• 2016 US Olympic Trials Champion: Michael Phelps – 1:55.91
  • Wave I Cut: 2:04.09
  • Wave II Cut: 2:03.02
  • FINA ‘A’ Cut: 1:59.67
  1. Michael Andrew (RPC), 1:55.44
  2. Chase Kalisz (ABSC), 1:56.97
  3. Kieran Smith (FLOR), 1:57.23

Michael Andrew delivered almost the exact same swim we saw from him last night, except this time it was done with the pressure on.

Andrew blitzed the field on the first 50, out in 23.77, and had subsequent splits of 29.29 and 32.29 on back and breast, putting him five one-hundredths shy of his 150 pace compared to last night.

The 22-year-old was way ahead of the field at that point, more than two and a half seconds, and despite laboring over the final few strokes, he won by over a second and a half in 1:55.44, just off his PB of 1:55.26 from last night.

That adds a second individual event for Andrew in Tokyo, having won the 100 breast early in the meet, and he’ll look to add a third in the 50 free.

Chase Kalisz moved up from fifth at the 100 to second with 50 meters to go, joining Andrew sub-33 on breast in 32.77, as he locks in a second event of his won at the Games with a runner-up finish in 1:56.97.

Florida’s Kieran Smith sneaked up on Kalisz a little on the free, closing in 28.43 to take a close third in 1:57.23, lowering his best time of 1:57.61 from the semis. Carson Foster took fourth in 1:57.99, adding a bit from the semis, as he has three near-misses her in Omaha.

Back in seventh was Ryan Lochte, the world record holder in the event, who, at 36, may have just raced competitively at the highest level for the last time. Lochte was never in serious contention in this race, ultimately clocking 1:59.67.


  • World Record: Sarah Sjostrom (SWE) – 51.71 (2017)
  • American Record: Simone Manuel – 52.04 (2019)
  • US Open Record: Simone Manuel (USA) – 52.54 (2018)
  • World Junior Record: Penny Oleksiak (CAN) – 52.70 (2016)
  • 2016 Olympic Champion: Simone Manuel (USA) / Penny Oleksiak (CAN) – 52.70
  • 2016 US Olympic Trials Champion: Abbey Weitzeil – 53.28
  • Wave I Cut: 56.29
  • Wave II Cut: 55.56
  • FINA ‘A’ Cut: 54.38
  1. Abbey Weitzeil (CAL), 53.53
  2. Erika Brown (TNAQ), 53.59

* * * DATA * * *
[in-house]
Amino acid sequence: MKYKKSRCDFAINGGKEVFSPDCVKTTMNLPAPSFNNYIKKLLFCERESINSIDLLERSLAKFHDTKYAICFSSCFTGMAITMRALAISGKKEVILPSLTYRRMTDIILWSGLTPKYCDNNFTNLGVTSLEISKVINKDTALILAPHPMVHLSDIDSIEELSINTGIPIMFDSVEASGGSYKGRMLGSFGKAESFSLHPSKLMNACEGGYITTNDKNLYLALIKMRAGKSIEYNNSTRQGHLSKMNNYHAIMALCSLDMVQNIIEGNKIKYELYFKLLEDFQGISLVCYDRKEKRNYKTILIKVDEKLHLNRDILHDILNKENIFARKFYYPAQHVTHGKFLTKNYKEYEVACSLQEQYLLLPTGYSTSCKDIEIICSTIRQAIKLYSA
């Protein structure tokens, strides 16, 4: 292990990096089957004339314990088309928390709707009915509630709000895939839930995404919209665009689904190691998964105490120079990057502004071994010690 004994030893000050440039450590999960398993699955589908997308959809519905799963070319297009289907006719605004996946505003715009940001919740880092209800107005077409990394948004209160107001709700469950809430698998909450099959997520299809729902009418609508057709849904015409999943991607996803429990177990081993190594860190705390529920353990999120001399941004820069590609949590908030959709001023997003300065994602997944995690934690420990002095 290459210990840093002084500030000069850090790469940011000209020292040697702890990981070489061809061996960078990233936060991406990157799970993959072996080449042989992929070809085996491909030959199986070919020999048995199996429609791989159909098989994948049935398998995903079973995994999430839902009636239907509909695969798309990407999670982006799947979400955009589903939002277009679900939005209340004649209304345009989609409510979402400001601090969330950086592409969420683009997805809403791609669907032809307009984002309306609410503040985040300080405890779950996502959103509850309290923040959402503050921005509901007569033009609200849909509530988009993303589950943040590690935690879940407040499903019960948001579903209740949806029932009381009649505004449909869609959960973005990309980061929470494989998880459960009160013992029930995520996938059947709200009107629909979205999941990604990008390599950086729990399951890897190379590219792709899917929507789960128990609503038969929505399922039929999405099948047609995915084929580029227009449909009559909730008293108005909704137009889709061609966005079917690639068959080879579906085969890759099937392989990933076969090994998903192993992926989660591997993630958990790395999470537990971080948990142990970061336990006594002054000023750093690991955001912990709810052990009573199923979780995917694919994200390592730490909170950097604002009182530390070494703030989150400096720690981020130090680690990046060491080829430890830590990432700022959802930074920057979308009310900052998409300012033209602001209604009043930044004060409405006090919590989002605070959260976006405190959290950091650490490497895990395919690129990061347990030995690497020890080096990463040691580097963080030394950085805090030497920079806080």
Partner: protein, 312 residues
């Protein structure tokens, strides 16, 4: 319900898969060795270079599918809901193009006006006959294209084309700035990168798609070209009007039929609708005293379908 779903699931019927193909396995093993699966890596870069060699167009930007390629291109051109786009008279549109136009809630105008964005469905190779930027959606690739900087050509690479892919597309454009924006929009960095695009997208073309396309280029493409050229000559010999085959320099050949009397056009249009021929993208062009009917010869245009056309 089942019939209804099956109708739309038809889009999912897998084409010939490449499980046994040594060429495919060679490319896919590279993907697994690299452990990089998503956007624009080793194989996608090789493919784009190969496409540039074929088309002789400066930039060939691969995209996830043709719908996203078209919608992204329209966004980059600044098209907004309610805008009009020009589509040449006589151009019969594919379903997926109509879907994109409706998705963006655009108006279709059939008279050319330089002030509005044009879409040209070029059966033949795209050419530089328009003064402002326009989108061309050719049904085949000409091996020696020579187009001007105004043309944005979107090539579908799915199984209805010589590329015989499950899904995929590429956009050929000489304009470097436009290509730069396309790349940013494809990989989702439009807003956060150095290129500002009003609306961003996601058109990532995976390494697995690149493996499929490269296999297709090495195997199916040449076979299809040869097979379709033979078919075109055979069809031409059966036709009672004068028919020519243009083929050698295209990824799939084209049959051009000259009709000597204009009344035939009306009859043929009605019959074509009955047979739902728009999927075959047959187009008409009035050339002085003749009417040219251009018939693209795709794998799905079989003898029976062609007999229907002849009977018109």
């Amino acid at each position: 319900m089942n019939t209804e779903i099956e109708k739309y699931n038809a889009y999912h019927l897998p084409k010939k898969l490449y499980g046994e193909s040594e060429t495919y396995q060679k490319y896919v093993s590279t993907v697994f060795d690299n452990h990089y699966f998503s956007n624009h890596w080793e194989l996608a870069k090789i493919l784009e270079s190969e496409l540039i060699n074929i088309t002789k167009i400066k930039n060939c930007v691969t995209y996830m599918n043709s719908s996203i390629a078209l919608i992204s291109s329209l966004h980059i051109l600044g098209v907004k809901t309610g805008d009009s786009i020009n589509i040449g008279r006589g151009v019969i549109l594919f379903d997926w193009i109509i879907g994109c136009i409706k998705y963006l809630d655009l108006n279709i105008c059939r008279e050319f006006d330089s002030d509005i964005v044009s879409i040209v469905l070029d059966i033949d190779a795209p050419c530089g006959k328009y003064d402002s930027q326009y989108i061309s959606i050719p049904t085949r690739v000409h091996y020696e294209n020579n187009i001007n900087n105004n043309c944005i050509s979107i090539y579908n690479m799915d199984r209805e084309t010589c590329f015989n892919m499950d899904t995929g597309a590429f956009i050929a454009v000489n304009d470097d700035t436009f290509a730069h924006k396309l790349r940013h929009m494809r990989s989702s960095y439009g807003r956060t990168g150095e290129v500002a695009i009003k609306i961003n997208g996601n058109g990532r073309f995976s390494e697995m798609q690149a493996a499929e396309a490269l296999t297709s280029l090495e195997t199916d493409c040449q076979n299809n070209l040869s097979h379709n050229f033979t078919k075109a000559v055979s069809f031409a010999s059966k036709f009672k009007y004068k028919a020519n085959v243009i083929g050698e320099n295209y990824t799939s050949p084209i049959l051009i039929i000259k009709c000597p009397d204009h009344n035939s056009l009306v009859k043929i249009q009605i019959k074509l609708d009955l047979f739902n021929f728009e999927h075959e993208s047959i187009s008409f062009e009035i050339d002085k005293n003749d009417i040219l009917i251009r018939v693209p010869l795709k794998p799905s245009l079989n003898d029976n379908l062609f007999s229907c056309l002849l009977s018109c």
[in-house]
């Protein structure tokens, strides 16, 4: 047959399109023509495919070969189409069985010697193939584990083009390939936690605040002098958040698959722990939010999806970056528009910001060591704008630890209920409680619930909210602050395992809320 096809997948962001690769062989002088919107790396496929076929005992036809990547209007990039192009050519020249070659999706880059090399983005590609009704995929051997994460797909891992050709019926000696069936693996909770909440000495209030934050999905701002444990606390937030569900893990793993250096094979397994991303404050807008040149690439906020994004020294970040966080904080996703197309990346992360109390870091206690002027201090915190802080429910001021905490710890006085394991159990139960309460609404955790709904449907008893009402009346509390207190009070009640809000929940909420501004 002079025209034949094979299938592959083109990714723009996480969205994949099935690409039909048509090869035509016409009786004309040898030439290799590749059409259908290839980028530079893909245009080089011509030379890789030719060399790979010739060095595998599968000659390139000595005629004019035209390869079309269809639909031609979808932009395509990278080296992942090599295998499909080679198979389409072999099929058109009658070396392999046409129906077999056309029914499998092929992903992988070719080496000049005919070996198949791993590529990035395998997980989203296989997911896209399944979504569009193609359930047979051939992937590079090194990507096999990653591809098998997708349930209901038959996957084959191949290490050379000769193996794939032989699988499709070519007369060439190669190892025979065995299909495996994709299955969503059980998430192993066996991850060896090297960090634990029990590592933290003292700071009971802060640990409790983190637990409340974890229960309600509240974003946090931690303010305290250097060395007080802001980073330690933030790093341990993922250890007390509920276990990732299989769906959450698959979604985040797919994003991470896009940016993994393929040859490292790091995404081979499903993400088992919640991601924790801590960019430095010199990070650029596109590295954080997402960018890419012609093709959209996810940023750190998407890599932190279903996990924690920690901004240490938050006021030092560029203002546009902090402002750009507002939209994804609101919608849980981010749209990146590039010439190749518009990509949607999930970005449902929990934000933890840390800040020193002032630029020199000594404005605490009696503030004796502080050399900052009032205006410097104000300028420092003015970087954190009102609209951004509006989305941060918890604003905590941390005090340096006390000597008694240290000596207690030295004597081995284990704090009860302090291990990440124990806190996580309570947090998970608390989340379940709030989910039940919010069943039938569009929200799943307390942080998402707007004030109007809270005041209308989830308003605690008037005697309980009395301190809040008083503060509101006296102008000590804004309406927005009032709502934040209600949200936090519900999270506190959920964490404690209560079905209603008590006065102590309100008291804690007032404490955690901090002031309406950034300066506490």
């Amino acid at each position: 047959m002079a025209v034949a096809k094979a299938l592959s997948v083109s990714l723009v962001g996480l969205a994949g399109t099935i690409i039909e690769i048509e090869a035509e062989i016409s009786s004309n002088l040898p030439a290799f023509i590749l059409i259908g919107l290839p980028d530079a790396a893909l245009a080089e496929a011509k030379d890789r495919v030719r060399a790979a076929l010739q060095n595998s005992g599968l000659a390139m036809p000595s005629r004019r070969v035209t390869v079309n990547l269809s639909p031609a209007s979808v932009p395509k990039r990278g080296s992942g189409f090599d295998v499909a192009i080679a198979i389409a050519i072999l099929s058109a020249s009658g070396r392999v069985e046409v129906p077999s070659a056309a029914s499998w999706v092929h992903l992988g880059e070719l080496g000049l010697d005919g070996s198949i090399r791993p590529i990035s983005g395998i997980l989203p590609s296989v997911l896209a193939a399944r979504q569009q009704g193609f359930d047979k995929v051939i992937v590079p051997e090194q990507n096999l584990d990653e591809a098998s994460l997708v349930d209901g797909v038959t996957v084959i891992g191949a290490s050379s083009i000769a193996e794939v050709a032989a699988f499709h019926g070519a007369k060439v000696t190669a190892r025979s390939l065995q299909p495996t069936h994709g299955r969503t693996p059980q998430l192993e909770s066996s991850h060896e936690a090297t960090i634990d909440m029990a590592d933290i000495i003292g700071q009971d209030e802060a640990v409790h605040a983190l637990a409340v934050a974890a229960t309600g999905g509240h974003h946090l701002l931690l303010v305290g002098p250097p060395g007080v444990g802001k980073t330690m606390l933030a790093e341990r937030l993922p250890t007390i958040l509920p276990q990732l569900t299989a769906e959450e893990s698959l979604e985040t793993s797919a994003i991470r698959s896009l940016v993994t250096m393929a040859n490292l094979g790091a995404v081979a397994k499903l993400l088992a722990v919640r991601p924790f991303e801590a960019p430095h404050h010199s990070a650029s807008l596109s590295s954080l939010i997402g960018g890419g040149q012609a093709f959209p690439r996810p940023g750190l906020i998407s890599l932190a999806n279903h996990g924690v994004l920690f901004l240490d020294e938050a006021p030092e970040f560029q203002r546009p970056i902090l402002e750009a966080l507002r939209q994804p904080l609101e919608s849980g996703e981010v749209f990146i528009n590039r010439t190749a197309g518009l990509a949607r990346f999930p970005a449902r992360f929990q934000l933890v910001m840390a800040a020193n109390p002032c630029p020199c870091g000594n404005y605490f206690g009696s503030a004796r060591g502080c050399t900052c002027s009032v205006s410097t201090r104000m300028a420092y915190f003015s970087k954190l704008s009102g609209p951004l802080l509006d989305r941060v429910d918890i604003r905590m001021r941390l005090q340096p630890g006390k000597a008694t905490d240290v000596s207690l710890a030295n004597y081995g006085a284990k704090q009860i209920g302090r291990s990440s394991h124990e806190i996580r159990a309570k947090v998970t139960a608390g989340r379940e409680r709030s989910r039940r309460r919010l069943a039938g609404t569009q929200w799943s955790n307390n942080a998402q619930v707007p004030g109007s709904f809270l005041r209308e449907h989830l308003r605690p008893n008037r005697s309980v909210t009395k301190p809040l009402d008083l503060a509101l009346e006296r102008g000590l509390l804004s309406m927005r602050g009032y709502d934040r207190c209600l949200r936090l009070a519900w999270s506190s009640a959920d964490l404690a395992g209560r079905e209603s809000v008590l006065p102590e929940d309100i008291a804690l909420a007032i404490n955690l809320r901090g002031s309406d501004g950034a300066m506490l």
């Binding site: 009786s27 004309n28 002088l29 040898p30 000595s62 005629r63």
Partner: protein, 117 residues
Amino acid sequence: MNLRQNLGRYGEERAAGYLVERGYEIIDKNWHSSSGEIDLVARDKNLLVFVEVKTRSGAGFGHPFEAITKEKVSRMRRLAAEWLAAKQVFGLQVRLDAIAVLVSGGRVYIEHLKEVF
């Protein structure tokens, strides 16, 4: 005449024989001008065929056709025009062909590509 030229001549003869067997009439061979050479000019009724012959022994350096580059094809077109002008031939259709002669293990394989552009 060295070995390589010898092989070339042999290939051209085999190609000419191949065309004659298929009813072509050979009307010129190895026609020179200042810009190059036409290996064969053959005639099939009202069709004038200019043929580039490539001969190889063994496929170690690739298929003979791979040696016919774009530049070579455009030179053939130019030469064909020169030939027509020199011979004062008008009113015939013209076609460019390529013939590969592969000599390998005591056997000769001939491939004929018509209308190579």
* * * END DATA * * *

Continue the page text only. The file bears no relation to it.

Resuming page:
3. Olivia Smoliga (ABSC), 53.63
  4. Natalie Hinds (ABSC), 53.84
  5. Catie Deloof (CA-Y), 53.87
  6. Allison Schmitt (SUN), 54.12

The wide-open women’s 100 freestyle came down to the wire, with speedster Abbey Weitzeil and Tennessee’s Erika Brown jumping on the lead early.

Brown, who squeaked into the final by two one-hundredths, provided some true outside smoke from Lane 8, blasting down the back-half as she looked like she was leading the pack.

Olivia SmoligaNatalie Hinds and Catie Deloof began to make up some ground down the stretch, but ultimately Weitzeil and Brown held on, going 1-2 with respective times of 53.53 and 53.59.

The victory for Weitzeil is her second straight in the event at Trials, having won in 2016, and was just off her season-best of 53.52 set in the prelims.

Brown, who was a bit off early in the meet, failing to advance out of the heats in the 200 free and 100 fly, stepped up big when it mattered, producing the third-fastest swim of her career—just shy of her best time of 53.42 set at the 2019 U.S. Open.

Smoliga (53.63), Hinds (53.84) and Deloof (53.87) all had slight adds from the semis, all qualifying for the team for the first time (though Deloof’s spot is not yet confirmed).

Allison Schmitt, who qualified individually in the 200 free, took sixth in 54.12 to round out the relay slots, edging Kate Douglass (54.17) and Linnea Mack (54.32).


  • World Record: Caeleb Dressel (USA) – 49.50 (2019)
  • American Record: Caeleb Dressel – 49.50 (2019)
  • US Open Record: Caeleb Dressel – 50.17 (2021)
  • World Junior Record: Kristof Milak (HUN) – 50.62 (2017)
  • 2016 Olympic Champion: Joseph Schooling (SGP) – 50.39
  • 2016 US Olympic Trials Champion: Michael Phelps – 51.00
  • Wave I Cut: 54.19
  • Wave II Cut: 53.37
  • FINA ‘A’ Cut: 51.96
  1. Caeleb Dressel (GSC), 49.76 US
  2. Tom Shields (CAL), 51.20
  3. Coleman Stewart (WOLF), 51.54
  4. Danny Kovac (UMIZ), 51.61
  5. Trenton Julian (SMSC), 51.70
  6. Luca Urlando (DART), 51.77
  7. Zach Harting (CARD), 51.99
  8. Tyler Sesvold (BAMA), 52.06

Caeleb Dressel torched his hours-old U.S. Open Record in the men’s 100 butterfly, blasting a time of 49.76 in the second semi-final to lower his prelim mark of 50.17.